The transition from foraging, farming and the neolithic village to the city-state is a complex and fascinating period. Studies on the prehistory of the Near East by nineteenth and twentieth century pioneers in the field transformed archaeology through the creation of the 'Ages System' of Stone, Bronze and Iron. The Near East provides a developmental account of this period contextualised by discussion of the emergence of archaeology as a discipline.
The Near East details the causes and effects - enviromental, organizational, demographic and technological - of the world's first village farming cultures some eight thousand years ago. Charles Maisels explains how cities such as Uruk and Ur, Nippur and Kish formed as a result of geological factors and the role of key organizational features of Sumerian society in introducing the world's first script, system of calculation and literature.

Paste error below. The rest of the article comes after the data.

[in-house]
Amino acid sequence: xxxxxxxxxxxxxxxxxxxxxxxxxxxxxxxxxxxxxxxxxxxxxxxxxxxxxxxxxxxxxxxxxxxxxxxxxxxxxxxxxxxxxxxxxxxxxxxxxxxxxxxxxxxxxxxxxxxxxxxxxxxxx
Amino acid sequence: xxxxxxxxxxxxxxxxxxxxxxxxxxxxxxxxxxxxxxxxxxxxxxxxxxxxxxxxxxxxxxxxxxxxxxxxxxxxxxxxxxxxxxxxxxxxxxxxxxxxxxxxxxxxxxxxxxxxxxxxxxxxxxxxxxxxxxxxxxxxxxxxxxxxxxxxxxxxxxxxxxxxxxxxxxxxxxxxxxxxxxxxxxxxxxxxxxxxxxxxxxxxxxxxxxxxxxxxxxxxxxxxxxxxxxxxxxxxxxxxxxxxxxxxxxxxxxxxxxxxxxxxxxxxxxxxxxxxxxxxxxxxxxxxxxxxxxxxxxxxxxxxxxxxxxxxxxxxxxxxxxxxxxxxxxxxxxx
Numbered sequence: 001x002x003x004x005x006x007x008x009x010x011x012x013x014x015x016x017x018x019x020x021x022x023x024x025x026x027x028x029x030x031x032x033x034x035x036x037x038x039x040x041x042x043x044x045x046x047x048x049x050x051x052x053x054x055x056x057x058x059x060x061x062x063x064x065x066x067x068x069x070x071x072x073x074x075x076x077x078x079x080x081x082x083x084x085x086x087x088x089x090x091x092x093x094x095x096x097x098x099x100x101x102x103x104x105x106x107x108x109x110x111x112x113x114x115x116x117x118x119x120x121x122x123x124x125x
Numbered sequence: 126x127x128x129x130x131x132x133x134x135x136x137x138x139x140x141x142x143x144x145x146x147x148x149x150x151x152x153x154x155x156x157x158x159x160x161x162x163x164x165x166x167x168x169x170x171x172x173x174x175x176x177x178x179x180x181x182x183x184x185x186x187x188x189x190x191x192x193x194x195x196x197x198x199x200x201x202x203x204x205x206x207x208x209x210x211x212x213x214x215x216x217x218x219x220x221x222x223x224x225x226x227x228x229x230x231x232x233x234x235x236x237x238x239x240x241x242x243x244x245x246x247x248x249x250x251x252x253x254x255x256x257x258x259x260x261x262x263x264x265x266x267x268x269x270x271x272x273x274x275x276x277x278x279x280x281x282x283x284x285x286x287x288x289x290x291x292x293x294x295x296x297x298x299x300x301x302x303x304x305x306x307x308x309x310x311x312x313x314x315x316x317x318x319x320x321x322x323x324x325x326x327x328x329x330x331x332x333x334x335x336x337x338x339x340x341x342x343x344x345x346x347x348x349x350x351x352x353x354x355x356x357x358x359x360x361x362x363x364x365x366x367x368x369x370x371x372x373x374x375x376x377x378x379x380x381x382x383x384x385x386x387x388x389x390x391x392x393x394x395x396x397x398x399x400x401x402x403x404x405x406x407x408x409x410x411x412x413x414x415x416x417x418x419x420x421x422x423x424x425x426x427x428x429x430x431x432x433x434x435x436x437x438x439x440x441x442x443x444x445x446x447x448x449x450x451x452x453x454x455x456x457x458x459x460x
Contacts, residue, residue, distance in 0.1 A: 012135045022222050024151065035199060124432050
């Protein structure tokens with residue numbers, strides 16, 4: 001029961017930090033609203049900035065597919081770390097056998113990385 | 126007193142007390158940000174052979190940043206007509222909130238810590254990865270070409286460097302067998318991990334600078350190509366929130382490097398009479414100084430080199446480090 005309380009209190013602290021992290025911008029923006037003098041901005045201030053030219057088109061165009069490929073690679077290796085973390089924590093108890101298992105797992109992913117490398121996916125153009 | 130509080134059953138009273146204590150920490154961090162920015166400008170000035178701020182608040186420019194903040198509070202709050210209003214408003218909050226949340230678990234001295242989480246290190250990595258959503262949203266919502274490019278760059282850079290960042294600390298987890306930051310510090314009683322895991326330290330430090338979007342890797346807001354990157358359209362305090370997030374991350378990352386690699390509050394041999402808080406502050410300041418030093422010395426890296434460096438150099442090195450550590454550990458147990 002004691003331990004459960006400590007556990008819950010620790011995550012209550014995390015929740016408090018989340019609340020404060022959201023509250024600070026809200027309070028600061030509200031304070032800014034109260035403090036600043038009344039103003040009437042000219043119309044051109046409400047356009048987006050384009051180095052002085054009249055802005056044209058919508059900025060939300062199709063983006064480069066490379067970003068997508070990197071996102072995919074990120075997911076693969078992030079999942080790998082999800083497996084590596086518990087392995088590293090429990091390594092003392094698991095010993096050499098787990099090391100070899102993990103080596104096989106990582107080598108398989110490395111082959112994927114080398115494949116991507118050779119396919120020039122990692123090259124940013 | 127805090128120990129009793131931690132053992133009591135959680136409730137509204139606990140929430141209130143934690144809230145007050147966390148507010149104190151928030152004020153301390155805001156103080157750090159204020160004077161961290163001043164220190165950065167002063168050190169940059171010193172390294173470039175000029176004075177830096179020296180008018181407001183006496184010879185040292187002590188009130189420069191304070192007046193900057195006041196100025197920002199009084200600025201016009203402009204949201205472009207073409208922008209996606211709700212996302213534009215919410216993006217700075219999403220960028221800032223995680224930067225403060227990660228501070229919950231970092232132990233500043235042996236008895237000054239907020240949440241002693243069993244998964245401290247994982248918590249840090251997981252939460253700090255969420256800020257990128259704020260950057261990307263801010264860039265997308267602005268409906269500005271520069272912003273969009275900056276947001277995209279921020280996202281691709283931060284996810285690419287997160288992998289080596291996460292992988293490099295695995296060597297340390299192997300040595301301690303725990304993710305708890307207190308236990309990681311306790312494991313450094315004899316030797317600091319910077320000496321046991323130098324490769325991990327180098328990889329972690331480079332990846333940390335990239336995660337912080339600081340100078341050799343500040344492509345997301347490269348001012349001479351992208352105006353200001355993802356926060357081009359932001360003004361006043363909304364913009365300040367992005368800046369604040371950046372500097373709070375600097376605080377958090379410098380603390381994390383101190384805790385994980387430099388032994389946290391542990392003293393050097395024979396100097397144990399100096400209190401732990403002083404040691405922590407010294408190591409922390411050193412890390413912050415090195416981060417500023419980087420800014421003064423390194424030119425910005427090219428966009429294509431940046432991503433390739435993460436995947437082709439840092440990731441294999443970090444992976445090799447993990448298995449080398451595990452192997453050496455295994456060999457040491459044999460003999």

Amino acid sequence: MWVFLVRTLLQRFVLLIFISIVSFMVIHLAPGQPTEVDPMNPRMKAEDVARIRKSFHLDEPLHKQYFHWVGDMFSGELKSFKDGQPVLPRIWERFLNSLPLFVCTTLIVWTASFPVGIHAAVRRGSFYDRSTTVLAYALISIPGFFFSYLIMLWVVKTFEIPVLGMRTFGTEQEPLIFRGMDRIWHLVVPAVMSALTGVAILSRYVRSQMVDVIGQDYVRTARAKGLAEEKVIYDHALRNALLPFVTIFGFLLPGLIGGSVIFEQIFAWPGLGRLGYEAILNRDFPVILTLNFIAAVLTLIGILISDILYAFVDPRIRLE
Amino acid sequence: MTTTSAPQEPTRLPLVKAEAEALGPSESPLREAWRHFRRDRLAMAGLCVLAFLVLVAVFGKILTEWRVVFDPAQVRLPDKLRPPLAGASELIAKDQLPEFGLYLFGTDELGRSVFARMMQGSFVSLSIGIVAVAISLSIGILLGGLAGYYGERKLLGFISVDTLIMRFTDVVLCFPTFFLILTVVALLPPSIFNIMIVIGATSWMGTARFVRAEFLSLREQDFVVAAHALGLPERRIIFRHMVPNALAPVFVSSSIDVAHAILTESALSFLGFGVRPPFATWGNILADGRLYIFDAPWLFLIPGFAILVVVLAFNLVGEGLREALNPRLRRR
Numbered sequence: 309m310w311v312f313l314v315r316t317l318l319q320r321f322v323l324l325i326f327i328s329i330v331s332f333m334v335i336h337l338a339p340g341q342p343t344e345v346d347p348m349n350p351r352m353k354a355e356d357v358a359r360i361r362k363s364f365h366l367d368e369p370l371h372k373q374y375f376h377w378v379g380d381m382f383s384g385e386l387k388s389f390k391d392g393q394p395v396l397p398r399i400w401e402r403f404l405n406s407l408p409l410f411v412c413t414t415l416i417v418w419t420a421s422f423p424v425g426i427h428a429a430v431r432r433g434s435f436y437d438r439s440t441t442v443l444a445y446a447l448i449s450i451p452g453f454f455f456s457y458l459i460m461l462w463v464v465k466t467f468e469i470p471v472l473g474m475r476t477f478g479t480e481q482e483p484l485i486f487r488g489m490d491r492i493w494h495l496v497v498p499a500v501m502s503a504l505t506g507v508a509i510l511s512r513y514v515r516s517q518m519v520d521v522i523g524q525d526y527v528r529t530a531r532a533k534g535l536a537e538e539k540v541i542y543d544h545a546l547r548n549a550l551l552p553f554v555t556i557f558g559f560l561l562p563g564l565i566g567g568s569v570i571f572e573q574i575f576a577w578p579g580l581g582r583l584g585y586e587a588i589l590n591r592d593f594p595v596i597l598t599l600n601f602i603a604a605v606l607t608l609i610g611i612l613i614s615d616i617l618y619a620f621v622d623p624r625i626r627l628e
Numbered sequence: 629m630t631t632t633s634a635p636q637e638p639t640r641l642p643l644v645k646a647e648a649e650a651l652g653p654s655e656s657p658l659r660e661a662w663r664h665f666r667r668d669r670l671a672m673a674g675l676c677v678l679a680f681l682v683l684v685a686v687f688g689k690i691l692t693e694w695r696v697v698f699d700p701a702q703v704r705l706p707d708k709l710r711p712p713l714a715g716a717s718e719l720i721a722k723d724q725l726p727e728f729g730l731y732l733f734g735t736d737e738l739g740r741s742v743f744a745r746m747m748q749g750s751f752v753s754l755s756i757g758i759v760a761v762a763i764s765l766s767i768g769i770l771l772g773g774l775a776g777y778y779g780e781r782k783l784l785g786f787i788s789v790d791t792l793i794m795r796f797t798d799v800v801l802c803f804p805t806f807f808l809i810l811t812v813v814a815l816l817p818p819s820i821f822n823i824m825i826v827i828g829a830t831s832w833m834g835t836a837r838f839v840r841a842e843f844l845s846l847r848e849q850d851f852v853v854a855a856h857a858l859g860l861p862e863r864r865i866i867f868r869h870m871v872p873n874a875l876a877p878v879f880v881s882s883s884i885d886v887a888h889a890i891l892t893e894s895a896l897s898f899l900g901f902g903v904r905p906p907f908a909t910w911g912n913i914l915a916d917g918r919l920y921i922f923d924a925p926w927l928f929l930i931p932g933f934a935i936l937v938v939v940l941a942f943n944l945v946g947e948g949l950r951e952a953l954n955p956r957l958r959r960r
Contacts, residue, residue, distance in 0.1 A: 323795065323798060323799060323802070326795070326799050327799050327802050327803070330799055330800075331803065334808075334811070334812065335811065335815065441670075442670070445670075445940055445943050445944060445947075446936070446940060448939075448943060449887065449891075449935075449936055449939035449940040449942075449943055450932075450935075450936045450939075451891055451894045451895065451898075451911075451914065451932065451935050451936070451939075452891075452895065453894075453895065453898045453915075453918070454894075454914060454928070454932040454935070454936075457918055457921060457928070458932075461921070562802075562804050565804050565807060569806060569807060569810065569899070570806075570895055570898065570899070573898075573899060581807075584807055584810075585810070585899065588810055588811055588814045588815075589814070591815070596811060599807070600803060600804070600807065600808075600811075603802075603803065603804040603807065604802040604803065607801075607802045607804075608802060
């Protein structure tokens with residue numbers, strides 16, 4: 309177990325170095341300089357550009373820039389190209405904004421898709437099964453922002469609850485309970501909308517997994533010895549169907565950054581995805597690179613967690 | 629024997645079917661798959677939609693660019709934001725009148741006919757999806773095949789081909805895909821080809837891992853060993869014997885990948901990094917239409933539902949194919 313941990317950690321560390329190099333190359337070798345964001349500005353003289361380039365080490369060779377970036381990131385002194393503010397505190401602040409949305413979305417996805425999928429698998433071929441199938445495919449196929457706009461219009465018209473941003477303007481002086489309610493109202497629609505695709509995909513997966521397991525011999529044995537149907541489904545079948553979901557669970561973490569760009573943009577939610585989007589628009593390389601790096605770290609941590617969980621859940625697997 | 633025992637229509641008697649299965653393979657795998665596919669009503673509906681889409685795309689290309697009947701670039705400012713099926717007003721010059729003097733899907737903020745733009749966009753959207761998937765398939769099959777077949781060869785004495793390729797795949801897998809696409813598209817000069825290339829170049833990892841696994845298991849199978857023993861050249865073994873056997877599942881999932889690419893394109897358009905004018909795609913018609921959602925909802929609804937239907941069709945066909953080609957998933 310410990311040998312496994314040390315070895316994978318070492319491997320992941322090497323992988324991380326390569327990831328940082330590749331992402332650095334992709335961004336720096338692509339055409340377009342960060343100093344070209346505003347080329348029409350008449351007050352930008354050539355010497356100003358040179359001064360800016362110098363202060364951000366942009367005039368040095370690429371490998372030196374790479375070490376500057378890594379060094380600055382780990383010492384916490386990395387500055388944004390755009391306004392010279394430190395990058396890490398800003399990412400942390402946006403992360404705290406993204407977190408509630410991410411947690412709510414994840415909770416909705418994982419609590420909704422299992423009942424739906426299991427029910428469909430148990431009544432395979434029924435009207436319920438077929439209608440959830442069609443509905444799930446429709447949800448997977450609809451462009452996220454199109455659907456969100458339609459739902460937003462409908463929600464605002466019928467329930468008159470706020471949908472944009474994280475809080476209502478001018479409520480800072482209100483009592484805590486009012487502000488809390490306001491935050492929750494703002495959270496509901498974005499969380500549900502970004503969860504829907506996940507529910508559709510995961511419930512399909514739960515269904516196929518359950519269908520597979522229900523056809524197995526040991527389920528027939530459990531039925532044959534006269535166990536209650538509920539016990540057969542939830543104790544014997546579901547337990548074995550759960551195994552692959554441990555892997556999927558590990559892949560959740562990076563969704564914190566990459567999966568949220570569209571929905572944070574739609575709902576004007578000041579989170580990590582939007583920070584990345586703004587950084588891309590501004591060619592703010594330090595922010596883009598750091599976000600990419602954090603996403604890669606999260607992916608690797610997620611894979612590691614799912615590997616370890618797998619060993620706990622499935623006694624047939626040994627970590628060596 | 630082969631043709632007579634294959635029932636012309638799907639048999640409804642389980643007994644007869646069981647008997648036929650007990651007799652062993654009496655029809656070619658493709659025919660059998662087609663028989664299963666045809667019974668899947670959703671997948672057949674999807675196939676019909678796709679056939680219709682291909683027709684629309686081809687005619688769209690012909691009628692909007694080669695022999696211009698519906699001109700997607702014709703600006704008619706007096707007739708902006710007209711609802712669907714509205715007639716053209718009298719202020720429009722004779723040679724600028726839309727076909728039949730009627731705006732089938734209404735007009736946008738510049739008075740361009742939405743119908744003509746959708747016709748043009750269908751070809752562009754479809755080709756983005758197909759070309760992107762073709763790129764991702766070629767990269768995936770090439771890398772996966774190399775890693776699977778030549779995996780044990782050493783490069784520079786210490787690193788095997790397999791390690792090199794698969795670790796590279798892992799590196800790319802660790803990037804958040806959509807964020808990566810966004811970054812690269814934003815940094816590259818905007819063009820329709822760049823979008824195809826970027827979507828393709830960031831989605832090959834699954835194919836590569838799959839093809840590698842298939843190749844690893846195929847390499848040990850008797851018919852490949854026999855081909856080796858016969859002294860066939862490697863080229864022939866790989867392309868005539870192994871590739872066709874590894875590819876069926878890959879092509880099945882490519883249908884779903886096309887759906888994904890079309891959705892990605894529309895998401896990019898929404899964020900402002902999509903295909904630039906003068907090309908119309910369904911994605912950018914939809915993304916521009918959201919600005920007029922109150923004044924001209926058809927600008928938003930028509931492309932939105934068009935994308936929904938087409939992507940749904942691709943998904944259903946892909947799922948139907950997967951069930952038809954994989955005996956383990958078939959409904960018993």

'A useful overview of recent research.' - The Times Higher Education supplement.
'A Fascinating reconstruction of the evolutionary processes from the development of agriculture through the rise of the great Sumerian cities … highly recommended.' - Religious Studies Review